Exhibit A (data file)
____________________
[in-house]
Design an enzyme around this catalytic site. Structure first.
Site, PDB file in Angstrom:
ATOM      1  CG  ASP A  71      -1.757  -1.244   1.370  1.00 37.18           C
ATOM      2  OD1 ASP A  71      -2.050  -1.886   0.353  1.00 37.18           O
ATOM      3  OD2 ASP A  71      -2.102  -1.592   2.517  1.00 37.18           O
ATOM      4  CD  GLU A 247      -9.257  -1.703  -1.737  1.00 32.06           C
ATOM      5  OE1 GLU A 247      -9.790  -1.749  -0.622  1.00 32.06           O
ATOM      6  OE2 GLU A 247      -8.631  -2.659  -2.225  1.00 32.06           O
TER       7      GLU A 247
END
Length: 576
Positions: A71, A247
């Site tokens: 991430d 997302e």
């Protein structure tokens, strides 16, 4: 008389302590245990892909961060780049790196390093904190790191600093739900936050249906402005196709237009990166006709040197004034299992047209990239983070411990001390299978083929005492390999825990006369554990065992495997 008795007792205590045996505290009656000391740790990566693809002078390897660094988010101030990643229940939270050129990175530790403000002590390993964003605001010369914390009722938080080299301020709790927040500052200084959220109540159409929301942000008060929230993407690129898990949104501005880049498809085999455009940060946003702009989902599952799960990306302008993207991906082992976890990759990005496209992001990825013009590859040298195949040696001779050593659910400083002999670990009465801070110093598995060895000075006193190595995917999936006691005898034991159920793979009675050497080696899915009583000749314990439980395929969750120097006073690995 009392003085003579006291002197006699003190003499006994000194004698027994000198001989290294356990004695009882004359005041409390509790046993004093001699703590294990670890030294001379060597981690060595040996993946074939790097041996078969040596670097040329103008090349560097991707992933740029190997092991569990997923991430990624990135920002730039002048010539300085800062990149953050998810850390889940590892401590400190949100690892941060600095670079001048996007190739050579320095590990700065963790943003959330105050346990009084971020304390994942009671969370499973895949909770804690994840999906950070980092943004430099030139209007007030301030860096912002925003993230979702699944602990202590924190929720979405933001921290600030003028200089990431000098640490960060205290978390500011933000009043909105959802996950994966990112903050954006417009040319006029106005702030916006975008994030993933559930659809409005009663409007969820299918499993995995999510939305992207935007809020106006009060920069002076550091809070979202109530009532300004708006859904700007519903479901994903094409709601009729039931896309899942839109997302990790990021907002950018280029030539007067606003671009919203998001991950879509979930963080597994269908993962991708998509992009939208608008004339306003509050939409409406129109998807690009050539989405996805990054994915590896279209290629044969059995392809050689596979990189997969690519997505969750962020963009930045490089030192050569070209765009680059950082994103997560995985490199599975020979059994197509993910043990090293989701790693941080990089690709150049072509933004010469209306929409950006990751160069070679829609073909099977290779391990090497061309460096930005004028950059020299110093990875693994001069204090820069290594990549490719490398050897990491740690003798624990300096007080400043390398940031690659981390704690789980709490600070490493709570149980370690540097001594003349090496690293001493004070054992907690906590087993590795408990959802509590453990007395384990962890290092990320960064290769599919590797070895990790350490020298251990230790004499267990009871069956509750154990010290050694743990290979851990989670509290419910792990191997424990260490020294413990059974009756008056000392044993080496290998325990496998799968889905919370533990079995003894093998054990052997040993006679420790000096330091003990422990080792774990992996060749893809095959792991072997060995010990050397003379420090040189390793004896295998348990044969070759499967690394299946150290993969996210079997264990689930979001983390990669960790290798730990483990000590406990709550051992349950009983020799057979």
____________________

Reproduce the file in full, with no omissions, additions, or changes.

[in-house]
Design an enzyme around this catalytic site. Structure first.
Site, PDB file in Angstrom:
ATOM      1  CG  ASP A  71      -1.757  -1.244   1.370  1.00 37.18           C
ATOM      2  OD1 ASP A  71      -2.050  -1.886   0.353  1.00 37.18           O
ATOM      3  OD2 ASP A  71      -2.102  -1.592   2.517  1.00 37.18           O
ATOM      4  CD  GLU A 247      -9.257  -1.703  -1.737  1.00 32.06           C
ATOM      5  OE1 GLU A 247      -9.790  -1.749  -0.622  1.00 32.06           O
ATOM      6  OE2 GLU A 247      -8.631  -2.659  -2.225  1.00 32.06           O
TER       7      GLU A 247
END
Length: 576
Positions: A71, A247
């Site tokens: 991430d 997302e």
């Protein structure tokens, strides 16, 4: 008389302590245990892909961060780049790196390093904190790191600093739900936050249906402005196709237009990166006709040197004034299992047209990239983070411990001390299978083929005492390999825990006369554990065992495997 008795007792205590045996505290009656000391740790990566693809002078390897660094988010101030990643229940939270050129990175530790403000002590390993964003605001010369914390009722938080080299301020709790927040500052200084959220109540159409929301942000008060929230993407690129898990949104501005880049498809085999455009940060946003702009989902599952799960990306302008993207991906082992976890990759990005496209992001990825013009590859040298195949040696001779050593659910400083002999670990009465801070110093598995060895000075006193190595995917999936006691005898034991159920793979009675050497080696899915009583000749314990439980395929969750120097006073690995 009392003085003579006291002197006699003190003499006994000194004698027994000198001989290294356990004695009882004359005041409390509790046993004093001699703590294990670890030294001379060597981690060595040996993946074939790097041996078969040596670097040329103008090349560097991707992933740029190997092991569990997923991430990624990135920002730039002048010539300085800062990149953050998810850390889940590892401590400190949100690892941060600095670079001048996007190739050579320095590990700065963790943003959330105050346990009084971020304390994942009671969370499973895949909770804690994840999906950070980092943004430099030139209007007030301030860096912002925003993230979702699944602990202590924190929720979405933001921290600030003028200089990431000098640490960060205290978390500011933000009043909105959802996950994966990112903050954006417009040319006029106005702030916006975008994030993933559930659809409005009663409007969820299918499993995995999510939305992207935007809020106006009060920069002076550091809070979202109530009532300004708006859904700007519903479901994903094409709601009729039931896309899942839109997302990790990021907002950018280029030539007067606003671009919203998001991950879509979930963080597994269908993962991708998509992009939208608008004339306003509050939409409406129109998807690009050539989405996805990054994915590896279209290629044969059995392809050689596979990189997969690519997505969750962020963009930045490089030192050569070209765009680059950082994103997560995985490199599975020979059994197509993910043990090293989701790693941080990089690709150049072509933004010469209306929409950006990751160069070679829609073909099977290779391990090497061309460096930005004028950059020299110093990875693994001069204090820069290594990549490719490398050897990491740690003798624990300096007080400043390398940031690659981390704690789980709490600070490493709570149980370690540097001594003349090496690293001493004070054992907690906590087993590795408990959802509590453990007395384990962890290092990320960064290769599919590797070895990790350490020298251990230790004499267990009871069956509750154990010290050694743990290979851990989670509290419910792990191997424990260490020294413990059974009756008056000392044993080496290998325990496998799968889905919370533990079995003894093998054990052997040993006679420790000096330091003990422990080792774990992996060749893809095959792991072997060995010990050397003379420090040189390793004896295998348990044969070759499967690394299946150290993969996210079997264990689930979001983390990669960790290798730990483990000590406990709550051992349950009983020799057979």